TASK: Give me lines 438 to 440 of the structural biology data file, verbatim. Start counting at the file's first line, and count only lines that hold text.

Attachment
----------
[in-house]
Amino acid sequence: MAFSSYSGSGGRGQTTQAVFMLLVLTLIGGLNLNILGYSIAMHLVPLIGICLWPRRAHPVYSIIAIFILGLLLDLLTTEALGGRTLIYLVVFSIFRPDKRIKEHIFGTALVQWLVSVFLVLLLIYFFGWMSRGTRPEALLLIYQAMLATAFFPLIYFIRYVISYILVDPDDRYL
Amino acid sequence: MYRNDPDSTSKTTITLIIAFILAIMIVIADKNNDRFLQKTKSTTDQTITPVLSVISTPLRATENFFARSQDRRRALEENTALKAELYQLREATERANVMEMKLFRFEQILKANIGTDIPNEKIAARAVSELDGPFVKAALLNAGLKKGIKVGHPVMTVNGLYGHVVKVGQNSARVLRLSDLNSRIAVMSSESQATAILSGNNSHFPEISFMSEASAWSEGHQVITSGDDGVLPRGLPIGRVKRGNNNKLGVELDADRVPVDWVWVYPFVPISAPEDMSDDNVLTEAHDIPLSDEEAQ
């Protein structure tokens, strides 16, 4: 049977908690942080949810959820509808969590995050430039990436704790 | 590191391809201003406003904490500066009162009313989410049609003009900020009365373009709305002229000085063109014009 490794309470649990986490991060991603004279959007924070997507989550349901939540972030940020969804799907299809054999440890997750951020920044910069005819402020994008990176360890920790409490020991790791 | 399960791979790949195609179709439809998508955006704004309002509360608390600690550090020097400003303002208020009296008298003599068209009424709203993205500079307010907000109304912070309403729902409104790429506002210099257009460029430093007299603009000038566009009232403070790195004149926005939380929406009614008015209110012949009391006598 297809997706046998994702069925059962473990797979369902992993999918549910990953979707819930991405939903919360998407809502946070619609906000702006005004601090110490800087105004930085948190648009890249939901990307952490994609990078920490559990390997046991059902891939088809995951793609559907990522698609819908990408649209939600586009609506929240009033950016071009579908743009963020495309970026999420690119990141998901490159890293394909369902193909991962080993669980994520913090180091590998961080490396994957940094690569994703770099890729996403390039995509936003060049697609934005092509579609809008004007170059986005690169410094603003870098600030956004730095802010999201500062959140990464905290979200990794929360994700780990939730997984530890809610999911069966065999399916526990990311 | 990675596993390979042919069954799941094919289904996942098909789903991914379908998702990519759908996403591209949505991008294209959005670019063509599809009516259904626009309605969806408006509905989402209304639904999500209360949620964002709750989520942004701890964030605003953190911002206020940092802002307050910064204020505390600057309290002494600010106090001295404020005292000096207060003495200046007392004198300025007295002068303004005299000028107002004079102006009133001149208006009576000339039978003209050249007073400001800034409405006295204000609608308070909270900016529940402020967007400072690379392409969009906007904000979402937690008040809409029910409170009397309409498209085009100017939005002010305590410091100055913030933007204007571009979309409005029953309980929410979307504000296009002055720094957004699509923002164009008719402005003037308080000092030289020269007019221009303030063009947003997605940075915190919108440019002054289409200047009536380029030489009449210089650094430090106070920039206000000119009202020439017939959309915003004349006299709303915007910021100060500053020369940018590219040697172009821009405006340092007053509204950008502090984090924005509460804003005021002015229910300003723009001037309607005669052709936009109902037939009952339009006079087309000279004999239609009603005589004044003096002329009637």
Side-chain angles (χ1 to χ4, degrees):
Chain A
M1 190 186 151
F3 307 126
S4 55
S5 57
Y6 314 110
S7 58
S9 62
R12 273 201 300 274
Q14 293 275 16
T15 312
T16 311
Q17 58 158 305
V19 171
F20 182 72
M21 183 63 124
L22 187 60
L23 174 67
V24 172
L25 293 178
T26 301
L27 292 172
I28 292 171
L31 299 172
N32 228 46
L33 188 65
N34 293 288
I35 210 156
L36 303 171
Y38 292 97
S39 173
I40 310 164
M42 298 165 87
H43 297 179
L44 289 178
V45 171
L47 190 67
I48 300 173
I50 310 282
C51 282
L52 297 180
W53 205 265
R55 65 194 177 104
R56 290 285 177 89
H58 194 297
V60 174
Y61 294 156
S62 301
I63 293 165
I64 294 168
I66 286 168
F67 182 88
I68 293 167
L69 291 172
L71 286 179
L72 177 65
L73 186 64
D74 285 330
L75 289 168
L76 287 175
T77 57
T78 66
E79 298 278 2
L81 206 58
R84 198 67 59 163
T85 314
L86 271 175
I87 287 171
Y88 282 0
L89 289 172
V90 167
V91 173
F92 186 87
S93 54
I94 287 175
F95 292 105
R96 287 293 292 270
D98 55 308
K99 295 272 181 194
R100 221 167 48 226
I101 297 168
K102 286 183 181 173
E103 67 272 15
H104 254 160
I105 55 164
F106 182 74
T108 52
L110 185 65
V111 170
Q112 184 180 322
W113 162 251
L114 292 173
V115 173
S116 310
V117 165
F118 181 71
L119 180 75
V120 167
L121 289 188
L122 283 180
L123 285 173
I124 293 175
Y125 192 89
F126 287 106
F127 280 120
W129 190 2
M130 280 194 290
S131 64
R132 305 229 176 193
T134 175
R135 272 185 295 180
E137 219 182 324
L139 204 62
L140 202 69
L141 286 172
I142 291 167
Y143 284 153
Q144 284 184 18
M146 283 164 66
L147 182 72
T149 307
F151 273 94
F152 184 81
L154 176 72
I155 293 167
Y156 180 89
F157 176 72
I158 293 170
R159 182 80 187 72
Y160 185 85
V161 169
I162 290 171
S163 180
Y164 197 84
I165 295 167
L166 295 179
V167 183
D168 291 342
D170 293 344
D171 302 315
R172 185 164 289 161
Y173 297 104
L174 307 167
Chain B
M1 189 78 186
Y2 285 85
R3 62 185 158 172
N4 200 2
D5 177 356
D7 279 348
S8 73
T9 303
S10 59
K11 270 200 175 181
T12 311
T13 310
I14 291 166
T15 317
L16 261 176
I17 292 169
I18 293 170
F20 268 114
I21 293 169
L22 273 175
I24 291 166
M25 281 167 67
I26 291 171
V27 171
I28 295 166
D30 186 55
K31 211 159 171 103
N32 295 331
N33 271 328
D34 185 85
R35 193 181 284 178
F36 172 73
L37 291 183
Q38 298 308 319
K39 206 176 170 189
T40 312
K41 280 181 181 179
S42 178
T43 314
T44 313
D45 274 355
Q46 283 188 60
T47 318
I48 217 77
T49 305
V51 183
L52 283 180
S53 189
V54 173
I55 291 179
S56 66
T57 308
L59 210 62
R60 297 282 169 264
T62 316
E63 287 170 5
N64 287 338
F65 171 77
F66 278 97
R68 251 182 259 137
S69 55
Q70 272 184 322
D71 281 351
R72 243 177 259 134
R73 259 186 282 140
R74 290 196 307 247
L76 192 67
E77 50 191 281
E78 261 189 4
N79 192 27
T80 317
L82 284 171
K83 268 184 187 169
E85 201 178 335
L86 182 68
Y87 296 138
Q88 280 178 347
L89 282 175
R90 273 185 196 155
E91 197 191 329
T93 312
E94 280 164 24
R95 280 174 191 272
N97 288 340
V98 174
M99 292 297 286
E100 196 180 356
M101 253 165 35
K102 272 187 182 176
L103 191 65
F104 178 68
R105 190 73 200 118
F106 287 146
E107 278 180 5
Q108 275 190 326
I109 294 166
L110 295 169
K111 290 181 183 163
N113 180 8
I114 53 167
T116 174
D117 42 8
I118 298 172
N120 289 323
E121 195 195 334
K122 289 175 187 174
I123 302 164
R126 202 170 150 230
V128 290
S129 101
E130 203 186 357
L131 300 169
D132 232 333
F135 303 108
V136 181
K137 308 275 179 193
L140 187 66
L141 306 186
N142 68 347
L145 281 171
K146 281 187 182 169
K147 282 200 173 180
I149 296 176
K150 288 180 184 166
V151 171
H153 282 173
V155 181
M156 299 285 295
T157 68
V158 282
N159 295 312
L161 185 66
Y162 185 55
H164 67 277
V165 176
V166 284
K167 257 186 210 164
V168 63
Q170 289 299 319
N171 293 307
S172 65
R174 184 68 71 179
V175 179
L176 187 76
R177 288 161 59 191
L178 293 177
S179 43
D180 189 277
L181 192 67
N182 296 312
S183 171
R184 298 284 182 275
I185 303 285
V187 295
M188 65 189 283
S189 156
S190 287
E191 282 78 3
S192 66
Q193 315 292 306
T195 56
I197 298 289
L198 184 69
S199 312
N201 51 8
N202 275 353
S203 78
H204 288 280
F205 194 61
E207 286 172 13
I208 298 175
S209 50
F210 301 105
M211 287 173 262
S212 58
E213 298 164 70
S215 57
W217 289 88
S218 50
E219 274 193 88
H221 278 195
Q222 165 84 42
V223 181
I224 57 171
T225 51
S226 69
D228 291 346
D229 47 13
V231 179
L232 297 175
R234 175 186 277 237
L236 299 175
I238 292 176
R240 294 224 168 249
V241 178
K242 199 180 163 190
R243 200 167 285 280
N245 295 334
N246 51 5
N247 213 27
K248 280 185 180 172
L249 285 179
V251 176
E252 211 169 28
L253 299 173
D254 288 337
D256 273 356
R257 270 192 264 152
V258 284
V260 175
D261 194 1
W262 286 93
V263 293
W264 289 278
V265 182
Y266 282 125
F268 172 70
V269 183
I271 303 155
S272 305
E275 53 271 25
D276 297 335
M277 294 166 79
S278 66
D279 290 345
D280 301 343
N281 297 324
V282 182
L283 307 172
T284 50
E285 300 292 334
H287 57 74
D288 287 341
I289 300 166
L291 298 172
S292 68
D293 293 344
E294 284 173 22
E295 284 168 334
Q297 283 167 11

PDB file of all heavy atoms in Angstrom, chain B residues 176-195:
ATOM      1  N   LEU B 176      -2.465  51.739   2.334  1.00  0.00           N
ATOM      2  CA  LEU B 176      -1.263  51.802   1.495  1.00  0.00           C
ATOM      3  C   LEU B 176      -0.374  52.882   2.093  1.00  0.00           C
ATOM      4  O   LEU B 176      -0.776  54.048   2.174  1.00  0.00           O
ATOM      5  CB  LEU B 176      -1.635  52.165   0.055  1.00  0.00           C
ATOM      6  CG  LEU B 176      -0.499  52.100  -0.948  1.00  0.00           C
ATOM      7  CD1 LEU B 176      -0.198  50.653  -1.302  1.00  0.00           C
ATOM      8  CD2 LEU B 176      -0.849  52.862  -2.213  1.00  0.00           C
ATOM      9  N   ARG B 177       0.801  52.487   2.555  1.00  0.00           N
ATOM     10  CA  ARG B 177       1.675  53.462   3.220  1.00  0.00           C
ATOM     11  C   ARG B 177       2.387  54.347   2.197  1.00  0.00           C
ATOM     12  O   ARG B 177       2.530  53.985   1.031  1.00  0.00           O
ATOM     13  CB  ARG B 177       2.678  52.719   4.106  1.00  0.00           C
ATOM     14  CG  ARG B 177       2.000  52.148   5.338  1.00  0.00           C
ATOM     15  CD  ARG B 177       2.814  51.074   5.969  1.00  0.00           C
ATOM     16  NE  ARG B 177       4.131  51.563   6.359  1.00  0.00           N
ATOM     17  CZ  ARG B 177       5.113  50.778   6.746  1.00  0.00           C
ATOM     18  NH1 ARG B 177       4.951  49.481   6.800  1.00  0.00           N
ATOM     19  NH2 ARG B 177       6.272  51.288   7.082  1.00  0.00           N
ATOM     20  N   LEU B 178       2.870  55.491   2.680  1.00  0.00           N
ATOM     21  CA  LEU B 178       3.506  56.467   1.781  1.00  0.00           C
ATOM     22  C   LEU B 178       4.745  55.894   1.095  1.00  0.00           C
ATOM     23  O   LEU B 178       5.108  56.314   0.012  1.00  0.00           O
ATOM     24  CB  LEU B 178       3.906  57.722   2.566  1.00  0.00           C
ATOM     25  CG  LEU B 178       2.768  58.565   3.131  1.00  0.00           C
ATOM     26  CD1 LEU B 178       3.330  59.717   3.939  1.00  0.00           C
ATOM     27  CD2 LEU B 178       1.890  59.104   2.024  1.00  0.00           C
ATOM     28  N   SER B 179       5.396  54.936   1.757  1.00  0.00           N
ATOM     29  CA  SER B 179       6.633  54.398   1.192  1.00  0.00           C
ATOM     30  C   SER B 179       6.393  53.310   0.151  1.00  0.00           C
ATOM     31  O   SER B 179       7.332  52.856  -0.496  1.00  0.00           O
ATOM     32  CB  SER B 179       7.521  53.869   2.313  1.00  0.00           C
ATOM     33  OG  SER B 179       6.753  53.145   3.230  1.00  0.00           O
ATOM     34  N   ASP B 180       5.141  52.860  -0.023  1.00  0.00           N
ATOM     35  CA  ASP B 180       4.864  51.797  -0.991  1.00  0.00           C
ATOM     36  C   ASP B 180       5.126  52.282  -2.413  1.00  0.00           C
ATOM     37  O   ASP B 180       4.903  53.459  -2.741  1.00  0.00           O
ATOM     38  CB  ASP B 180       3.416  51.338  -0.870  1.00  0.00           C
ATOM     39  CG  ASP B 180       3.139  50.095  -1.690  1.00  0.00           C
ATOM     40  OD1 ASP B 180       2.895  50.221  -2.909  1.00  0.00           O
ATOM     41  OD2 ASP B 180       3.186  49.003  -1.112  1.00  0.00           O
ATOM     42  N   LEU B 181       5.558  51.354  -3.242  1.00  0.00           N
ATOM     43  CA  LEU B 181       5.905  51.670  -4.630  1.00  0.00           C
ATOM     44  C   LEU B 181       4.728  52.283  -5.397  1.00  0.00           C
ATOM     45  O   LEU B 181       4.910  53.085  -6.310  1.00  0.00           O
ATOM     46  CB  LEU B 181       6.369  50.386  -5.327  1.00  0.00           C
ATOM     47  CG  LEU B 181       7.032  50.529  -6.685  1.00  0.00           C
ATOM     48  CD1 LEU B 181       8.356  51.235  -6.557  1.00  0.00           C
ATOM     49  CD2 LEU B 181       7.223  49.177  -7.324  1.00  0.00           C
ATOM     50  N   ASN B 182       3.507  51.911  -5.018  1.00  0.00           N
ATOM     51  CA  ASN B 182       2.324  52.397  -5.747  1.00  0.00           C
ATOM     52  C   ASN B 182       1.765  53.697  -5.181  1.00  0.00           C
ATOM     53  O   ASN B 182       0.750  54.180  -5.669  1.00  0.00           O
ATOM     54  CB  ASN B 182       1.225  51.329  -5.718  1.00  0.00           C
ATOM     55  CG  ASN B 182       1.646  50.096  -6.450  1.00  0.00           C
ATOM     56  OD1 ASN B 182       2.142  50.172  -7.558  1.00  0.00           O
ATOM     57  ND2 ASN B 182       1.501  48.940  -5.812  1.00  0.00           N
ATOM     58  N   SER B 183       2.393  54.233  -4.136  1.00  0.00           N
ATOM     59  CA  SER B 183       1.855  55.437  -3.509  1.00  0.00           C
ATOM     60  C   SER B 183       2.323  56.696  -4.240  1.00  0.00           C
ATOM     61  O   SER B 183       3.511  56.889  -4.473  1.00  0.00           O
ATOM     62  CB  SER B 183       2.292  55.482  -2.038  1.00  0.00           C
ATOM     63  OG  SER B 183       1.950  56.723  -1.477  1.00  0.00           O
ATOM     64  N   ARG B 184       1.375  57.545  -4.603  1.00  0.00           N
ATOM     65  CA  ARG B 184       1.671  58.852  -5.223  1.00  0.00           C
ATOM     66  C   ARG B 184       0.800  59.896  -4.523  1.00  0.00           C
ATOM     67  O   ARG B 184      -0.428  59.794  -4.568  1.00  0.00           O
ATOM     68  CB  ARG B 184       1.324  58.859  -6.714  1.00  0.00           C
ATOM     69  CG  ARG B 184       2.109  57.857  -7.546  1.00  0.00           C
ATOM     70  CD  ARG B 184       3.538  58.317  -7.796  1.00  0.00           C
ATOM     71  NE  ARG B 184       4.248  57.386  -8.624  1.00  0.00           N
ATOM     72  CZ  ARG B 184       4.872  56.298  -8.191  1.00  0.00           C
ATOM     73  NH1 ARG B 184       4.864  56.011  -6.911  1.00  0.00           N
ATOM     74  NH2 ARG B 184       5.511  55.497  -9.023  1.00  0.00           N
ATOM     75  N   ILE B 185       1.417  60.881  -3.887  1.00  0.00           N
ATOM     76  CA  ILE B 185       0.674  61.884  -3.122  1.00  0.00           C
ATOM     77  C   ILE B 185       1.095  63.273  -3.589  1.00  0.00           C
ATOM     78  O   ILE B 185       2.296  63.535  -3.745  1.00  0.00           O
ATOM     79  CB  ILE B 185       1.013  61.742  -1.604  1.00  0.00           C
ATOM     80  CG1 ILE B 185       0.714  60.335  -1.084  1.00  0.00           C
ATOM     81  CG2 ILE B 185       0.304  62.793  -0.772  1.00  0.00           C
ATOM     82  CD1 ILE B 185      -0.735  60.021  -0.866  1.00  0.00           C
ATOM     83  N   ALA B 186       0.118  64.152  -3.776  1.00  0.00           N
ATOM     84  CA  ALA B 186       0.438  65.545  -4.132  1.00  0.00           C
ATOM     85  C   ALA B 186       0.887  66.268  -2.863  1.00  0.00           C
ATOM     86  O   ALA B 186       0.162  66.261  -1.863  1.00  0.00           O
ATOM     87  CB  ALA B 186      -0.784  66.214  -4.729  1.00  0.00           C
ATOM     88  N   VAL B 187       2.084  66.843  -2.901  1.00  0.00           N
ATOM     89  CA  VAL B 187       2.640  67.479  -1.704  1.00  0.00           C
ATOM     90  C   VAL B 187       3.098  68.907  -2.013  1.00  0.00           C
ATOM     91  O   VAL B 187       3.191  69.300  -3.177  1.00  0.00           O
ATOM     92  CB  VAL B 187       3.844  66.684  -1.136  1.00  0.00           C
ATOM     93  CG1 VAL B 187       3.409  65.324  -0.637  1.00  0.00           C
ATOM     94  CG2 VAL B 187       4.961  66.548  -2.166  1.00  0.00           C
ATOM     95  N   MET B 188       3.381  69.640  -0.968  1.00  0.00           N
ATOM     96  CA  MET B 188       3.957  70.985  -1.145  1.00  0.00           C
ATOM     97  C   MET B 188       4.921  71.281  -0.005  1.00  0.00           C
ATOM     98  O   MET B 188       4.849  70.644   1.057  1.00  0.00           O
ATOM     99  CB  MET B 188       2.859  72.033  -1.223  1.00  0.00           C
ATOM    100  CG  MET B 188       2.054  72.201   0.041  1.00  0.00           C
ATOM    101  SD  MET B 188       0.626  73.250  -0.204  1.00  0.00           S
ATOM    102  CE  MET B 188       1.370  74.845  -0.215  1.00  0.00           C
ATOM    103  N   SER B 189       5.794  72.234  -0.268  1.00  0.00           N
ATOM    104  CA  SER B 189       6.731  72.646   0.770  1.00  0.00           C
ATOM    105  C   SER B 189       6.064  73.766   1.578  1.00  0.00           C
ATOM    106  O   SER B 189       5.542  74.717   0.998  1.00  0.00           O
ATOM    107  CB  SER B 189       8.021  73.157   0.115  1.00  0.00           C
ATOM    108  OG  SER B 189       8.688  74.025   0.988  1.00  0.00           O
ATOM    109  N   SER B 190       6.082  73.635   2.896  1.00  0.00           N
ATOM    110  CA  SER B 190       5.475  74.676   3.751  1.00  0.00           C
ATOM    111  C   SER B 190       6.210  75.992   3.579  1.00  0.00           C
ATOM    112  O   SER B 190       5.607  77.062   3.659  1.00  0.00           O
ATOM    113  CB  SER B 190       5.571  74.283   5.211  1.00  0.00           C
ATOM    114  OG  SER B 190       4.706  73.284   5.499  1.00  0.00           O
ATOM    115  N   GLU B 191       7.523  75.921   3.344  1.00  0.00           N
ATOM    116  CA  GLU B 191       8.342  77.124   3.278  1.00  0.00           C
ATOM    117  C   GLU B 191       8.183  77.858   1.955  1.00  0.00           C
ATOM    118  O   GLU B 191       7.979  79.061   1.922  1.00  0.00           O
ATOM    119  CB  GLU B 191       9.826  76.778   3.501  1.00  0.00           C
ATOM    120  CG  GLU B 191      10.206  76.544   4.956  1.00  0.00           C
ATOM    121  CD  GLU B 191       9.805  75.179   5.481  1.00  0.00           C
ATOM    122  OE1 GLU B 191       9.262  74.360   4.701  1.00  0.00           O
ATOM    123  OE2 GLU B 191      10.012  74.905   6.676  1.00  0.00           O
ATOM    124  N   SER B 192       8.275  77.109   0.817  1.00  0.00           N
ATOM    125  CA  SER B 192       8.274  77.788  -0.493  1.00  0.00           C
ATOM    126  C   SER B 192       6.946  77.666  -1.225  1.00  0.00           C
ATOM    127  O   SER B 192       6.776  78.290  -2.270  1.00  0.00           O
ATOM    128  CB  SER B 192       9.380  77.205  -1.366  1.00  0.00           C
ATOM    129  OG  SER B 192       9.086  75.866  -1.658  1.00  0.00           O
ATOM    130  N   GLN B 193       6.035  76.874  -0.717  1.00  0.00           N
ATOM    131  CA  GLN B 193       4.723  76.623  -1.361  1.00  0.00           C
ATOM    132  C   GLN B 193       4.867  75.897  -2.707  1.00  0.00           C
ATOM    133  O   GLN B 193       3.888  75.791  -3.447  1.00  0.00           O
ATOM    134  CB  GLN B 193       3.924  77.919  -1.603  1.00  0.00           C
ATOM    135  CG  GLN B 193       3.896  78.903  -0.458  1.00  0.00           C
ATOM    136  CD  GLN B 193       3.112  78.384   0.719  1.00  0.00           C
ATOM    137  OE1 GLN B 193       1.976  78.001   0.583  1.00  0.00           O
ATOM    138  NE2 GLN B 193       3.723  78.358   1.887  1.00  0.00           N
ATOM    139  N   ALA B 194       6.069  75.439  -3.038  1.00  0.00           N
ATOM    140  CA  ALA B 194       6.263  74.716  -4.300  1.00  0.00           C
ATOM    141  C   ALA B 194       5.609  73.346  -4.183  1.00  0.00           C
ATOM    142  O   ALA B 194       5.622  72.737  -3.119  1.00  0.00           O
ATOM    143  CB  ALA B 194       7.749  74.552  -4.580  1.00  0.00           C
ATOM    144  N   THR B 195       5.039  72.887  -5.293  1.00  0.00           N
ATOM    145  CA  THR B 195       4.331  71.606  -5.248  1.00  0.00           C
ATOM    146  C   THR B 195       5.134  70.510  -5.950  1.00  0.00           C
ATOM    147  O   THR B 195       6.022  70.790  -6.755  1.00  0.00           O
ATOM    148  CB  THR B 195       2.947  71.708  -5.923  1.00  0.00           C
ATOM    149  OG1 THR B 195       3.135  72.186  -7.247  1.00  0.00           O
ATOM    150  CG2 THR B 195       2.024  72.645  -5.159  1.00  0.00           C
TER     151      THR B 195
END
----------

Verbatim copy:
ATOM     48  CD1 LEU B 181       8.356  51.235  -6.557  1.00  0.00           C
ATOM     49  CD2 LEU B 181       7.223  49.177  -7.324  1.00  0.00           C
ATOM     50  N   ASN B 182       3.507  51.911  -5.018  1.00  0.00           N